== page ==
The price discount for Canadian heavy crude benchmark Western Canadian Select (WCS) sold in Hardisty, Alberta versus Gulf Coast equivalent heavy grade Maya has narrowed from $35/Bbl last November to less than $12/Bbl today. The discounts to Maya this year have been less than the cost of rail transportation between Western Canada and the Gulf Coast – reflecting improving crude takeaway capacity. Next month the 600 Mb/d Flanagan South pipeline from Chicago to Cushing and the 450 Mb/d Seaway Twin from Cushing to Houston will open more new capacity for Canadian crude to compete against Maya at the Gulf Coast. The result is likely to be even lower differentials. Today we discuss the likely impact.
WCS is a mix of 19 Canadian heavy conventional and bitumen crudes blended with sweet synthetic crude and condensate diluents. Canadian producer Husky blends WCS in their storage tanks at Hardisty. WCS production at Hardisty is about 250 Mb/d. (see Edmonton and Hardisty Storing Crude Oil in Harmony). WCS is traded and priced at Hardisty but has traditionally also been priced at a differential to WTI at Cushing, OK because that is where much of the Canadian crude is headed from Hardisty – via long haul pipelines to the Midwest. WCS is an important benchmark because the prices of most other heavy Canadian crudes are based on quality differentials to WCS.
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Although most heavy Canadian crude heads to the Midwest, refineries in that region are already maxed out on heavy crude processing and surplus supplies are trying to get to the Gulf Coast where there is 1.5 MMb/d of heavy crude processing capacity. As we shall see in a minute, transport constraints have so far restricted the flow of Canadian crude to the Gulf Coast. But once transport capacity opens up to allow more crudes like WCS to reach the Gulf Coast, they will compete in that market against similar heavy crude grades currently imported from Mexico, Venezuela and Columbia. The Gulf Coast import grade that is most often compared to WCS is Mexican Maya – that has similar API gravity and sulfur specifications. Mexican crude is marketed by State owned national oil company PEMEX. The Maya price is set using price formulas that vary depending on the destination market (see Sailing Stormy Waters). The formula for Maya sold to Gulf Coast refiners is based on four reference prices as follows:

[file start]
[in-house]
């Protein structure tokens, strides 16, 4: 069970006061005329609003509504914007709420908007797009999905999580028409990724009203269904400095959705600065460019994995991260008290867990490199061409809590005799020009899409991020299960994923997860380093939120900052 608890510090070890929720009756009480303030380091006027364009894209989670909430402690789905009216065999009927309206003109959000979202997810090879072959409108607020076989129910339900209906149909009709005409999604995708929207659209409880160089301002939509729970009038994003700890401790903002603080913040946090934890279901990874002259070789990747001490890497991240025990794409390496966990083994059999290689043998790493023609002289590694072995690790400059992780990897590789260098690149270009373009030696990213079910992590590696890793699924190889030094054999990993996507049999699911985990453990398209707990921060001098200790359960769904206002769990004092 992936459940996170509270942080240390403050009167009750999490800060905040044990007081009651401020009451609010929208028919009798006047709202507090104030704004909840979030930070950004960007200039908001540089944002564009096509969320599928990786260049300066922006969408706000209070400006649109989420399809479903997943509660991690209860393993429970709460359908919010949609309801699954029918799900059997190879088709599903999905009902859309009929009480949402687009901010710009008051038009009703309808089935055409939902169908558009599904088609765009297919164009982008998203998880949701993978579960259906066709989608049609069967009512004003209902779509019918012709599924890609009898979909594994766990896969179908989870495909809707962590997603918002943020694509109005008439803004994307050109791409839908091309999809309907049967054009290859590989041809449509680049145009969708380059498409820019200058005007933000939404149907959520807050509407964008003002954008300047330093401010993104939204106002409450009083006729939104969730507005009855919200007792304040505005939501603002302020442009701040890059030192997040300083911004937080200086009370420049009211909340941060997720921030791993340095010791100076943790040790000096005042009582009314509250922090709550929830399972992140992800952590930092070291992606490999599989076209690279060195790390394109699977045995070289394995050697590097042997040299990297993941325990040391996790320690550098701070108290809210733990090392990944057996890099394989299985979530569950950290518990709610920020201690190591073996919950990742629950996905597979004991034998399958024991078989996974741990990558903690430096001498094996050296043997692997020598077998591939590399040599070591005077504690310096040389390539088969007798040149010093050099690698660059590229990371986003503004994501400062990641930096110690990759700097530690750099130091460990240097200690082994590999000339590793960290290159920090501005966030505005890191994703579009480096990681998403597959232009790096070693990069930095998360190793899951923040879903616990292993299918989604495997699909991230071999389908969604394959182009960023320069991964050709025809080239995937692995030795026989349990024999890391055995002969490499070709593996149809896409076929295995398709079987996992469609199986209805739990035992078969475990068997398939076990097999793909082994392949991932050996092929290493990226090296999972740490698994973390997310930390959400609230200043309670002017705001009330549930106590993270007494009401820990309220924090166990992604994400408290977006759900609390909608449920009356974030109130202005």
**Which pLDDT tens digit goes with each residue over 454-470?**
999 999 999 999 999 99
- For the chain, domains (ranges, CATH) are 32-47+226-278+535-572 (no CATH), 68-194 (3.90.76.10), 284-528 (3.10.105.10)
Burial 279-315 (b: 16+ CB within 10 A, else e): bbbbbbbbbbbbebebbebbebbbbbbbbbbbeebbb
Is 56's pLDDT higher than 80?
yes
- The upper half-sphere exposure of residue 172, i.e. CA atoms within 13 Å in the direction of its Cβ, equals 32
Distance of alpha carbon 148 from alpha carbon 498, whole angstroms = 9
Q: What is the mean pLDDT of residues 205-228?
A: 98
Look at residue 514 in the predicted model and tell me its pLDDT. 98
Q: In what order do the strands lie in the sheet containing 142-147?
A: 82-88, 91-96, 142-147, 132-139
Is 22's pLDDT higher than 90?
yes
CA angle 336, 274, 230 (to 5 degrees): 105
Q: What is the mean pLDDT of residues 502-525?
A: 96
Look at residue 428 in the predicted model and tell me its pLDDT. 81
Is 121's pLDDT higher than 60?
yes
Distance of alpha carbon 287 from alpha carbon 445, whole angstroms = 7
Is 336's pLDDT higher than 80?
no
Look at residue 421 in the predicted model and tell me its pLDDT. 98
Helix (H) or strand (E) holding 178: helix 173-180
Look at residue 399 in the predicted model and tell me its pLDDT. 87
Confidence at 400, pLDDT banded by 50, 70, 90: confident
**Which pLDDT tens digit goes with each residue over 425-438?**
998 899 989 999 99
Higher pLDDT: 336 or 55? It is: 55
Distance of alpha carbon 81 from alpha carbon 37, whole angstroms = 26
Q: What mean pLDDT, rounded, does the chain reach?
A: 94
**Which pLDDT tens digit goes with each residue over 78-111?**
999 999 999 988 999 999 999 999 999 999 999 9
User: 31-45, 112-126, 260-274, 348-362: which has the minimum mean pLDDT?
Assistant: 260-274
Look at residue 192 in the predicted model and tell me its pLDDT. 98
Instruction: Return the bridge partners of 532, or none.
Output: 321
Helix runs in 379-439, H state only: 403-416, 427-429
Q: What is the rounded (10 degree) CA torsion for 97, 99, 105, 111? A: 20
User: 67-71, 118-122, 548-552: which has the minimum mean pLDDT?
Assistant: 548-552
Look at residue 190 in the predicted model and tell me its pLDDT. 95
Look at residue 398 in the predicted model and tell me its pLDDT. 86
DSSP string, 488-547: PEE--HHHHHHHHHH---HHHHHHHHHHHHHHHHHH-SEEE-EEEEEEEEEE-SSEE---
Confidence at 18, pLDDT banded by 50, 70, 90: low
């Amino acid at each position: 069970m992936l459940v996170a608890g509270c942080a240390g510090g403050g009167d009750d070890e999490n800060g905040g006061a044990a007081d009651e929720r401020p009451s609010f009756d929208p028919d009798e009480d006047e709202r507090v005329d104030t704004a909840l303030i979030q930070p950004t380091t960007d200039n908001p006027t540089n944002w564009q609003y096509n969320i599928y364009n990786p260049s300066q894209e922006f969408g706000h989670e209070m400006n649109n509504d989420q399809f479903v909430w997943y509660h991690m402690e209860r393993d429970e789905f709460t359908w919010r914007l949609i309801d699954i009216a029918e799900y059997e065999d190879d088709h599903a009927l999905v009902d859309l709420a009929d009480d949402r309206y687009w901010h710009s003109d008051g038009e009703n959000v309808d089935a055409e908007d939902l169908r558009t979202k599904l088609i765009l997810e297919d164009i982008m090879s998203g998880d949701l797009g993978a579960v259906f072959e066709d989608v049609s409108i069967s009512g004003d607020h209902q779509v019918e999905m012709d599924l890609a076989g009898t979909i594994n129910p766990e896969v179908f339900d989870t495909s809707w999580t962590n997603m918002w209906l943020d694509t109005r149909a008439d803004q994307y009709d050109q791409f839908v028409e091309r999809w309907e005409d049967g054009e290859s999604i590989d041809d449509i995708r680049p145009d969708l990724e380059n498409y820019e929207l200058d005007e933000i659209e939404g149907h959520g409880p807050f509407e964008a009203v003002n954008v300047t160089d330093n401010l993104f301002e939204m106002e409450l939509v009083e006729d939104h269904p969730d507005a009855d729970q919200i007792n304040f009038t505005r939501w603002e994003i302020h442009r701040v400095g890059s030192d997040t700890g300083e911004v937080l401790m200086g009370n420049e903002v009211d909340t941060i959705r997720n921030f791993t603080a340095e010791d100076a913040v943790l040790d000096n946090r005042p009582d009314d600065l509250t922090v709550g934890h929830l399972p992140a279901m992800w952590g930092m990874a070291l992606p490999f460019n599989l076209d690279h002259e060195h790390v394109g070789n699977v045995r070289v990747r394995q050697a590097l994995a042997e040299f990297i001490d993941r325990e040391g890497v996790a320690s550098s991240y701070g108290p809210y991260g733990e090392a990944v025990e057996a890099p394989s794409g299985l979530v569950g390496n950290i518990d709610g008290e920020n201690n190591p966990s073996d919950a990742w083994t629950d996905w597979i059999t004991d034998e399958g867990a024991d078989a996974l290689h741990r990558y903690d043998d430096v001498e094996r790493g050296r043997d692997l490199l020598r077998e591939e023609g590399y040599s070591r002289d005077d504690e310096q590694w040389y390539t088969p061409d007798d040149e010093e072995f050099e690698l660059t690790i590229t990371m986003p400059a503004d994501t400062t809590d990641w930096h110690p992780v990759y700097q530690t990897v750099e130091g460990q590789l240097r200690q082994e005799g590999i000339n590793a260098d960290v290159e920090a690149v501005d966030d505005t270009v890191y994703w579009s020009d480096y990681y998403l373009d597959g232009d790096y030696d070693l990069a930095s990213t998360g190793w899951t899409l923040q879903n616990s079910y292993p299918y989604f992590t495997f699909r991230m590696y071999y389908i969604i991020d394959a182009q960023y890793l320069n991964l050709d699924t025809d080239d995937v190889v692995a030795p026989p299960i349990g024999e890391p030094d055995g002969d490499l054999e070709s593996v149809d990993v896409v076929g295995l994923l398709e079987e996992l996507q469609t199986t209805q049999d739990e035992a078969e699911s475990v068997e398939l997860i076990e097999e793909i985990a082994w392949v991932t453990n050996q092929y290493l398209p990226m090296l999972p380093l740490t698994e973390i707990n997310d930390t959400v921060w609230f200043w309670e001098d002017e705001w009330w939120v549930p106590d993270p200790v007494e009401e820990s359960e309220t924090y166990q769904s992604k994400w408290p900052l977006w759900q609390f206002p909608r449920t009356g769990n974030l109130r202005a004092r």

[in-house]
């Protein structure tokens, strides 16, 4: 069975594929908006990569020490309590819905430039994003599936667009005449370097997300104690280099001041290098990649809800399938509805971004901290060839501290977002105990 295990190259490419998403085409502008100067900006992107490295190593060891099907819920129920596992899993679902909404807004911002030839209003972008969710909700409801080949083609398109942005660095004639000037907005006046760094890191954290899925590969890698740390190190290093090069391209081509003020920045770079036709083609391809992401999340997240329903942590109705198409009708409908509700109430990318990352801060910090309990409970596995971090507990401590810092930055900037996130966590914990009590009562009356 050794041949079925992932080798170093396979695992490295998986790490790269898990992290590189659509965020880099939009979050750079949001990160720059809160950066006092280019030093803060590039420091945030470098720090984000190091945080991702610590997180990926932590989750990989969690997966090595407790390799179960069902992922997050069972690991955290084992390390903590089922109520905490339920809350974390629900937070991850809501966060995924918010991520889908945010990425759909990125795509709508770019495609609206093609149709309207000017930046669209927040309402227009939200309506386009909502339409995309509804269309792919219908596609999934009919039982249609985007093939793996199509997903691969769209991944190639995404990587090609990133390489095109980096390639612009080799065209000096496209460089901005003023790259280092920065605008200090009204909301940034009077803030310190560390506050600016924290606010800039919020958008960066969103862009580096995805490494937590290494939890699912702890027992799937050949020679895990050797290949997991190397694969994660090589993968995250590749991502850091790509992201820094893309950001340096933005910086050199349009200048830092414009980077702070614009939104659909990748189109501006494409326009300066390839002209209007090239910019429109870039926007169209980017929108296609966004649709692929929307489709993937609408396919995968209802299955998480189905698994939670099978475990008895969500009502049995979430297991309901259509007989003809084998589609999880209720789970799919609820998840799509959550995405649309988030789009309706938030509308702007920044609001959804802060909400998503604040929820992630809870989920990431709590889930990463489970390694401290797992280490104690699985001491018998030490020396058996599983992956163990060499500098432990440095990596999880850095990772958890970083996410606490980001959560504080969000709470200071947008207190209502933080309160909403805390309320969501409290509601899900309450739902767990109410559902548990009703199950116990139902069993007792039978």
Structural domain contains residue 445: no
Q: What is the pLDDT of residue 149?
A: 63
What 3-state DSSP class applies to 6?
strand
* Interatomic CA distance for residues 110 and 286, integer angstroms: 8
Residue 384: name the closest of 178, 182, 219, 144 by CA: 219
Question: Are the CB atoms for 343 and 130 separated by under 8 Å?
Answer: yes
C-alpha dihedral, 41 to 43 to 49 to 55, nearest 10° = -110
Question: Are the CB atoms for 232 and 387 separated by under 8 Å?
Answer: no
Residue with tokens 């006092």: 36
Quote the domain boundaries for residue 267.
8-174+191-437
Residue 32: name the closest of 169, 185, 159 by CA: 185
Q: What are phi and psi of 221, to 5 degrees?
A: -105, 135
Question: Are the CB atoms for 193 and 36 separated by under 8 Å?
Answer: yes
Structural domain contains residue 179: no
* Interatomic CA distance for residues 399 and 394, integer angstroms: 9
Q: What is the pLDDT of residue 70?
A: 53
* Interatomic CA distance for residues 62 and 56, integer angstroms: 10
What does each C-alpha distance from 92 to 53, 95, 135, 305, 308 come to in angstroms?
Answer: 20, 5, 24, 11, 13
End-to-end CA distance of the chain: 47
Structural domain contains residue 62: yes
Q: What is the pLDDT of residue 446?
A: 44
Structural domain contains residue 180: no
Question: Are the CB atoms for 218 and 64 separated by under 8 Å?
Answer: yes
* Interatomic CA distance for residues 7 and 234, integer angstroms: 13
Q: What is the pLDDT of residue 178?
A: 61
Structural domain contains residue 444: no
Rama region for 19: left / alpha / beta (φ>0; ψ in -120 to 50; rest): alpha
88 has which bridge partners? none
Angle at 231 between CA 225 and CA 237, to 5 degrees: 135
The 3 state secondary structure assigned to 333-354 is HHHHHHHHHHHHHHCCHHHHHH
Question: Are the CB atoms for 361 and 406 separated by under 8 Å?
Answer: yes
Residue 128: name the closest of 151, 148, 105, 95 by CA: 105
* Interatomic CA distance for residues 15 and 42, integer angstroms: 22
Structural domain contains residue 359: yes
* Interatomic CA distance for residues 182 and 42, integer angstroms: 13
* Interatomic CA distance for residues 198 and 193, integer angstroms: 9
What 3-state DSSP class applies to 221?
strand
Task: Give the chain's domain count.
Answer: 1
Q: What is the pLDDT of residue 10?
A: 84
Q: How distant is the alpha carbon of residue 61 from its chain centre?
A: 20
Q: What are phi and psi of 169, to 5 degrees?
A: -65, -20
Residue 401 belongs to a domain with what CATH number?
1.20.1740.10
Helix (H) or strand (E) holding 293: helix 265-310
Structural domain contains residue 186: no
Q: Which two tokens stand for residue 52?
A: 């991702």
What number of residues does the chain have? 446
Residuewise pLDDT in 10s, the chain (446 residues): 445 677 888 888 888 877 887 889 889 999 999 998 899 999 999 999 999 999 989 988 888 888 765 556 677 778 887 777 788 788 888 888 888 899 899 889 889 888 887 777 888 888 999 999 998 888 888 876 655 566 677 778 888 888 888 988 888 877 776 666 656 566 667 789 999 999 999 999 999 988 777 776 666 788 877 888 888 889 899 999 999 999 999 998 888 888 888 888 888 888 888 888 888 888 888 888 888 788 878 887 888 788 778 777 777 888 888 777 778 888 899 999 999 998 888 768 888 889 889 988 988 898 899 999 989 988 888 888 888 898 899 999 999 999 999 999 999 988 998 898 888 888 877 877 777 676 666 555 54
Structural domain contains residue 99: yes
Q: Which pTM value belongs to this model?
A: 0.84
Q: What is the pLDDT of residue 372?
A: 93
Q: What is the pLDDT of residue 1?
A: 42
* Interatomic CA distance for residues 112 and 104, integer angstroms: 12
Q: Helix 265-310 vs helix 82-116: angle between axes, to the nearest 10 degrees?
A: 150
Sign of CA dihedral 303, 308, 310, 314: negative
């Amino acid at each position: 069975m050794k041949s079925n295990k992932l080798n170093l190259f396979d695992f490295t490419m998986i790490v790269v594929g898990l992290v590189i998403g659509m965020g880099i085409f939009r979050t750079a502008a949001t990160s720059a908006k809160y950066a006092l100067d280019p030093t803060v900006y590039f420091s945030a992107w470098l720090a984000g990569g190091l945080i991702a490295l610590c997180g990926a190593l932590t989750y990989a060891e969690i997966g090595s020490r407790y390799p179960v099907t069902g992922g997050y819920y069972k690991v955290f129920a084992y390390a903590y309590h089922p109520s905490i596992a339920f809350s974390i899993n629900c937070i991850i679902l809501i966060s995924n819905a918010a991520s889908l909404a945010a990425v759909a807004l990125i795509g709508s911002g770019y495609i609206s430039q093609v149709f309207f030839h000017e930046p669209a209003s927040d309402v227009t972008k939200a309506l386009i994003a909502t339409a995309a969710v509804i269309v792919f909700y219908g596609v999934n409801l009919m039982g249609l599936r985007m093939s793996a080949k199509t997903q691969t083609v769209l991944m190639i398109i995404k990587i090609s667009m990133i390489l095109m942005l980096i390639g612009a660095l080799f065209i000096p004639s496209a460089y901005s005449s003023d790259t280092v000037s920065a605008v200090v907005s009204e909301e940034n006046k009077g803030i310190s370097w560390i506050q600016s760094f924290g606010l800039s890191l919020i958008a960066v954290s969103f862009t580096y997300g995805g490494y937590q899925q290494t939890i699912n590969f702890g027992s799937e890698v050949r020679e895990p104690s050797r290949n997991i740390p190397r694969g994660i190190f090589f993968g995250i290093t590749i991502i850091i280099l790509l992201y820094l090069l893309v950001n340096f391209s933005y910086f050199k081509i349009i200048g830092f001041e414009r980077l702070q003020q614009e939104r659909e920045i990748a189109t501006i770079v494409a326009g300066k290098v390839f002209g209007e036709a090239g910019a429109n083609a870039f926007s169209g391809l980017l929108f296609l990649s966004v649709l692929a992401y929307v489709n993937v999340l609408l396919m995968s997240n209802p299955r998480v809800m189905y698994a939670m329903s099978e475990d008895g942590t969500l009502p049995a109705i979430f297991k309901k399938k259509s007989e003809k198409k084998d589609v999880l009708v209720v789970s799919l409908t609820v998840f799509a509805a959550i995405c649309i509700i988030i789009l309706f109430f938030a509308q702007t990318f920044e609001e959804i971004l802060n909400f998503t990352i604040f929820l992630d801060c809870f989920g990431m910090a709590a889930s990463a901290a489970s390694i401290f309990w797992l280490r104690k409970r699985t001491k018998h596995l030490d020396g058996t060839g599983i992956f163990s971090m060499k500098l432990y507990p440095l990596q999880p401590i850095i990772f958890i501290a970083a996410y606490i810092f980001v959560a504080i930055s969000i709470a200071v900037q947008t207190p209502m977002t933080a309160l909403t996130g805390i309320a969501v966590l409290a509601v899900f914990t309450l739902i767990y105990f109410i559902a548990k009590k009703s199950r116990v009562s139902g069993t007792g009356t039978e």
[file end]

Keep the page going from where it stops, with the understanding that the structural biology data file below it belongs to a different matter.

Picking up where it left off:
Where: WTS = West Texas Sour, #6 Fuel Oil 3% = US Gulf Coast high sulfur fuel oil, LLS = Light Louisiana Sweet, Brent DTD = the Brent North Sea Dated Cargo price, and K = the PEMEX formula adjustment – a “fudge factor” monthly constant that allows PEMEX to adjust their prices to match competitors. Note that all of the reference prices in the formula except WTS are Gulf Coast or international prices – reflecting the fact that Maya is an imported crude.
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